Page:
tempted to risk his own destruction.
Our military organization today bears little relation to that known by any of my
predecessors in peacetime, or indeed by the fighting men of World War II or
Until the latest of our world conflicts, the United States had no armaments
industry. American makers of plowshares could, with time and as required, make
swords as well. But now we can no longer risk emergency improvisation of
national defense; we have been compelled to create a permanent armaments
industry of vast proportions. Added to this, three and a half million men and
women are directly engaged in the defense establishment. We annually spend on
military security more than the net income of all United States corporations.
This conjunction of an immense military establishment and a large arms industry
is new in the American experience. The total influence -- economic, political,
even spiritual -- is felt in every city, every State house, every office of the
Federal government. We recognize the imperative need for this development. Yet
we must not fail to comprehend its grave implications. Our toil, resources and
livelihood are all involved; so is the very structure of our society.
In the councils of government, we must guard against the acquisition of
unwarranted influence, whether sought or unsought, by the militaryindustrial
complex. The potential for the disastrous rise of misplaced power exists and
We must never let the weight of this combination endanger our liberties or
democratic processes. We should take nothing for granted. Only an alert and
knowledgeable citizenry can compel the proper meshing of the huge industrial and
military machinery of defense with our peaceful methods and goals, so that
security and liberty may prosper together.
Akin to, and largely responsible for the sweeping changes in our
industrial-military posture, has been the technological revolution during recent
In this revolution, research has become central; it also becomes more
formalized, complex, and costly. A steadily increasing share is conducted for,
by, or at the direction of, the Federal government.
Today, the solitary inventor, tinkering in his shop, has been overshadowed by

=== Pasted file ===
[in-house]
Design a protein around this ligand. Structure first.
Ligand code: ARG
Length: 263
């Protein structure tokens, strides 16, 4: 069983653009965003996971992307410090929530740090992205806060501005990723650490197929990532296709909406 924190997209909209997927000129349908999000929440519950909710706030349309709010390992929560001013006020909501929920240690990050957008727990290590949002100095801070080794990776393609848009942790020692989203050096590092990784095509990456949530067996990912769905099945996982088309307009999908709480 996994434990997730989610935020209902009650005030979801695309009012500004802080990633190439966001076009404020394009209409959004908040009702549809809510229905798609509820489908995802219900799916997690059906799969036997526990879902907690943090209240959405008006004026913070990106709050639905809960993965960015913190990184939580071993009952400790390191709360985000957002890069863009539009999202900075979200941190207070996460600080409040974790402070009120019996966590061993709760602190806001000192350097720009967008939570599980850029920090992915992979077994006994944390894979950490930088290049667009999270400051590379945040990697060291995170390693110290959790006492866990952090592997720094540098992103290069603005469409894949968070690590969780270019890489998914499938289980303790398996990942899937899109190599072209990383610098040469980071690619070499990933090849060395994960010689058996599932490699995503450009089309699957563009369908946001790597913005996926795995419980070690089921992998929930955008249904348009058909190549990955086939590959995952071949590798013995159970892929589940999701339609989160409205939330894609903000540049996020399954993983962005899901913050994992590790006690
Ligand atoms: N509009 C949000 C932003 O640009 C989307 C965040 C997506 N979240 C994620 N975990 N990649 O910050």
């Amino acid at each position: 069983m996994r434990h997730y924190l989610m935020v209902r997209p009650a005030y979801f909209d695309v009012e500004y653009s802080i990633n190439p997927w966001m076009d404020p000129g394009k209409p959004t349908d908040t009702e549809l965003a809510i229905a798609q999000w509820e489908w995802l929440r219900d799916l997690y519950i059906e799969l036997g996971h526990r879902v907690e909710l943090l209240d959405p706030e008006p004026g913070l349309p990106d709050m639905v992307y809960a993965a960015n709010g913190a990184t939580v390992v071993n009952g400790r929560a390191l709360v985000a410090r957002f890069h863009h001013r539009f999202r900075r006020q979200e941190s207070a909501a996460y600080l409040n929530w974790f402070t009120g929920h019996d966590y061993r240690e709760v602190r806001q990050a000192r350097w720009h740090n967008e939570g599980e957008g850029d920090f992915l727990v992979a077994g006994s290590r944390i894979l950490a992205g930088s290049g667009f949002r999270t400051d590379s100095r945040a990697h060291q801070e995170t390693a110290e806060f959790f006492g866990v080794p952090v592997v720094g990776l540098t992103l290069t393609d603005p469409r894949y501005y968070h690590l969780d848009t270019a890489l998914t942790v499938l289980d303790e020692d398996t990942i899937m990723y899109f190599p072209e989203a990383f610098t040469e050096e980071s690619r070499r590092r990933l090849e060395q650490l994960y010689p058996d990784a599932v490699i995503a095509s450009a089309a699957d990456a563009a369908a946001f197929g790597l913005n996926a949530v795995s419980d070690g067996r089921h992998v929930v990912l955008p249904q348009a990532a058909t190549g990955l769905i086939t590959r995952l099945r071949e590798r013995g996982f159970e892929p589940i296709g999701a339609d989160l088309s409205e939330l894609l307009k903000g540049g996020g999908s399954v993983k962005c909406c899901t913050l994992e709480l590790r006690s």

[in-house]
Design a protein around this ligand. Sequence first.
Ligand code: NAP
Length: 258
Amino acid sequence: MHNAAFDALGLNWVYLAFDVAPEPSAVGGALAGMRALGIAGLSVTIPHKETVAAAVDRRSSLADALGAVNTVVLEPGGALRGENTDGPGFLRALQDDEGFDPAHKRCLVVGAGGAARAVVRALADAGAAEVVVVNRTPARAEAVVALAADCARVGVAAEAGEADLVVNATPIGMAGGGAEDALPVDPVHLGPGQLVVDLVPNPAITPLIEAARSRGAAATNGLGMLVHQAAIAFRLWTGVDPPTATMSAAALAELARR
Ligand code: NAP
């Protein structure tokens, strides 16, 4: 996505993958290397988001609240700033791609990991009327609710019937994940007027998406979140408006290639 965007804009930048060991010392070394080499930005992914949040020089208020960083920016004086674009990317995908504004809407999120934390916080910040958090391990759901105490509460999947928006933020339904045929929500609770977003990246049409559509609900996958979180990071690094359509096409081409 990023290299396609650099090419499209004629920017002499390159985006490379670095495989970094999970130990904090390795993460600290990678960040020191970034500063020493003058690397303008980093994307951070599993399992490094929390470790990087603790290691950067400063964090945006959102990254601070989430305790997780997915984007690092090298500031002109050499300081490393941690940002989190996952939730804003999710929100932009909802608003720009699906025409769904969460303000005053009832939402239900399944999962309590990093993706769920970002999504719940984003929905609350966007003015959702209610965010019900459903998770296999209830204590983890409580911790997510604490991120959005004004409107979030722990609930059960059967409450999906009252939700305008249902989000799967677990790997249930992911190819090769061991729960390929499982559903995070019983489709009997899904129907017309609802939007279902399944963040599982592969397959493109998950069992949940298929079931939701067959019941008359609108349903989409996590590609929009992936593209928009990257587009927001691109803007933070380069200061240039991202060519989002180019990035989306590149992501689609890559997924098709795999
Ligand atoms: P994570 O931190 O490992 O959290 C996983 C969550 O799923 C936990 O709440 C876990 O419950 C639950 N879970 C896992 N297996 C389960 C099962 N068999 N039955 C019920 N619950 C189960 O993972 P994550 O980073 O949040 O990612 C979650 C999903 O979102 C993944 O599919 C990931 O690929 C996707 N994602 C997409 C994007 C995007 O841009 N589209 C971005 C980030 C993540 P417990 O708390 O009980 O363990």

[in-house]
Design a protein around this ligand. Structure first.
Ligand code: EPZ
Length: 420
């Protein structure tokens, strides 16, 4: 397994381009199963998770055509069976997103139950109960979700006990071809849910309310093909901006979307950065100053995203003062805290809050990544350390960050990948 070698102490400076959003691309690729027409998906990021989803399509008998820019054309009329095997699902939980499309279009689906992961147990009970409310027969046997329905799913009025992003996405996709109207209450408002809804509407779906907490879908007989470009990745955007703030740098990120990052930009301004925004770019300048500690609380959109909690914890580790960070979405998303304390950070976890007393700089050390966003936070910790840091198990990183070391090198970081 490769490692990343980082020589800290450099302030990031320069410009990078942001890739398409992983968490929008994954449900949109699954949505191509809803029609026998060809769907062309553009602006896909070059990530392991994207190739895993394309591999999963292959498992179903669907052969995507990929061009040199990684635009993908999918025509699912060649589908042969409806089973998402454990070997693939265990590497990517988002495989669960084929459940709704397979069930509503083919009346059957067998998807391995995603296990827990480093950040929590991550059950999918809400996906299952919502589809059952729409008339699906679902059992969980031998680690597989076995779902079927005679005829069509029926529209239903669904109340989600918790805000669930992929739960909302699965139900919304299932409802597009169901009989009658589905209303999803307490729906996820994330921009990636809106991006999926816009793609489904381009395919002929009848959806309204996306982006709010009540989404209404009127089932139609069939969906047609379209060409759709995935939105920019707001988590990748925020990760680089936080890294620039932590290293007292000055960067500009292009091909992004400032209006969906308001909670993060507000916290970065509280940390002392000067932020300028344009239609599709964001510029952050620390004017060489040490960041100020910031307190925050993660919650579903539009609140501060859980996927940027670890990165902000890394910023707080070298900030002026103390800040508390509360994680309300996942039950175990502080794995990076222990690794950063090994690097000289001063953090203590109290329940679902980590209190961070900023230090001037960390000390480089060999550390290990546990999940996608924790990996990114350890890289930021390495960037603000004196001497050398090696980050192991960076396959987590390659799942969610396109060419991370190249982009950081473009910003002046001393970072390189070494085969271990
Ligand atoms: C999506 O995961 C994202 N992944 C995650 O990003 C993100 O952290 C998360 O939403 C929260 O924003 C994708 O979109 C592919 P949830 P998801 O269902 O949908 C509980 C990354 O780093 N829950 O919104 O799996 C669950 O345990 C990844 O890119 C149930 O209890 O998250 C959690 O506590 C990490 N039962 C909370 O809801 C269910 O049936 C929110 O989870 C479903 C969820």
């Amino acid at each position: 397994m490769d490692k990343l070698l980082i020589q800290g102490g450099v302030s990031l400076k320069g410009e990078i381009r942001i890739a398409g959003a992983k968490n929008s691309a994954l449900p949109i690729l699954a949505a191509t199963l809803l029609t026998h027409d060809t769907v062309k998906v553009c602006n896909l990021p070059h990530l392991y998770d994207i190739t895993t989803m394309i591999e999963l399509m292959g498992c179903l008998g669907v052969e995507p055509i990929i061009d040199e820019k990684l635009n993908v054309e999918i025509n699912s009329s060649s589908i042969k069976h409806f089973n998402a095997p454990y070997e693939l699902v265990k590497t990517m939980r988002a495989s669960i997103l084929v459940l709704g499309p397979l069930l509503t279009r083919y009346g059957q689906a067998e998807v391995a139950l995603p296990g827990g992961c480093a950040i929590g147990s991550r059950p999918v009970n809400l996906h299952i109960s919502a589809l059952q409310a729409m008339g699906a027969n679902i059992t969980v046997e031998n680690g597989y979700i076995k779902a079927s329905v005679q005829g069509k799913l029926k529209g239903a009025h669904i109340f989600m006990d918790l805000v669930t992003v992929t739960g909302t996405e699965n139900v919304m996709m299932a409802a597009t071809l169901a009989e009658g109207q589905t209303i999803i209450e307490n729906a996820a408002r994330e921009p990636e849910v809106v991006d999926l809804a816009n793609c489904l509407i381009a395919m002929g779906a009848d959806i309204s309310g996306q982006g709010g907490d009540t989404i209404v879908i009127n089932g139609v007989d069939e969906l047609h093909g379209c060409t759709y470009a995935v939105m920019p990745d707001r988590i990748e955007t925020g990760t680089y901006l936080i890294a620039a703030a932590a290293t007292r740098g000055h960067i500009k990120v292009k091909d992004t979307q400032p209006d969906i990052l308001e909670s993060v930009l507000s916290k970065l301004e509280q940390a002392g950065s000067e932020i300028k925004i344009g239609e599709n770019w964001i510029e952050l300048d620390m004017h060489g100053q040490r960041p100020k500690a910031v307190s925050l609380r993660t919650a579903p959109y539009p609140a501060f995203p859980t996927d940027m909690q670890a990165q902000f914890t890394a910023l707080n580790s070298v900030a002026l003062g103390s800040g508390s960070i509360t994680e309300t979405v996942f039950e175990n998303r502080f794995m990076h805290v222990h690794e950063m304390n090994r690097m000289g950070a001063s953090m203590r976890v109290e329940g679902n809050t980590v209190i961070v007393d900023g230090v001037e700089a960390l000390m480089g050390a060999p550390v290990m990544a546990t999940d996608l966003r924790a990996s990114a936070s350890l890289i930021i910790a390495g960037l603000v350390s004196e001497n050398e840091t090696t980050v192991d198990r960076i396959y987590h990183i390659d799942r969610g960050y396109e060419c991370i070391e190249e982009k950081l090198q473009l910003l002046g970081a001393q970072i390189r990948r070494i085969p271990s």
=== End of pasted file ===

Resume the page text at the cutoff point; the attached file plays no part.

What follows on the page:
task forces of scientists in laboratories and testing fields. In the same
fashion, the free university, historically the fountainhead of free ideas and
scientific discovery, has experienced a revolution in the conduct of research.
Partly because of the huge costs involved, a government contract becomes
virtually a substitute for intellectual curiosity. For every old blackboard
there are now hundreds of new electronic computers.
The prospect of domination of the nation's scholars by Federal employment,
project allocations, and the power of money is ever present
and is gravely to be regarded.
Yet, in holding scientific research and discovery in respect, as we should, we
must also be alert to the equal and opposite danger that public policy could
itself become the captive of a scientifictechnological elite.
It is the task of statesmanship to mold, to balance, and to integrate these and
other forces, new and old, within the principles of our democratic system --
ever aiming toward the supreme goals of our free society.
Another factor in maintaining balance involves the element of time. As we peer
into society's future, we -- you and I, and our government -- must avoid the
impulse to live only for today, plundering, for our own ease and convenience,
the precious resources of tomorrow. We cannot mortgage the material assets of
our grandchildren without risking the loss also of their political and spiritual
heritage. We want democracy to survive for all generations to come, not to
become the insolvent phantom of tomorrow.
Down the long lane of the history yet to be written America knows that this
world of ours, ever growing smaller, must avoid becoming a community of dreadful
fear and hate, and be instead, a proud confederation of mutual trust and
Such a confederation must be one of equals. The weakest must come to the
conference table with the same confidence as do we, protected as we are by our
moral, economic, and military strength. That table, though scarred by many past
frustrations, cannot be abandoned for the certain agony of the battlefield.
Disarmament, with mutual honor and confidence, is a continuing imperative.
Together we must learn how to compose differences, not with arms, but with
intellect and decent purpose. Because this need is so sharp and apparent I
confess that I lay down my official responsibilities in this field with a
definite sense of disappointment. As one who has witnessed the horror and the
lingering sadness of war -- as one who knows that another war could utterly
destroy this civilization which has been so slo
How can spending possibly LOWER the deficit!?
I think you should write a thesis of "How and when you know politicians are lying in the US and Hong Kong?" The hints is they lied from the beginning to the end.
The total US debt (printed or supplied monies in the past two decades) is exceeded 69 trillion US dollars as a record in history about two years ago. However, the US politicians know how to, cover it up by passing the bucks and evasively, write off it, and make excuses to say it is good for the public at large. The total printed monies were used to sustain the wars, military expansion, conflict of interests are beneficial to Republican and Democrat supporters in terms of military weapon businessmen, war zone contractors, bail out those too big to fail corps, those financial institution, and those stimulus program. It is said that those military contractors charged US $ 200 for a screw and US $ 700 for a toilet seat, all these are taxed dollars.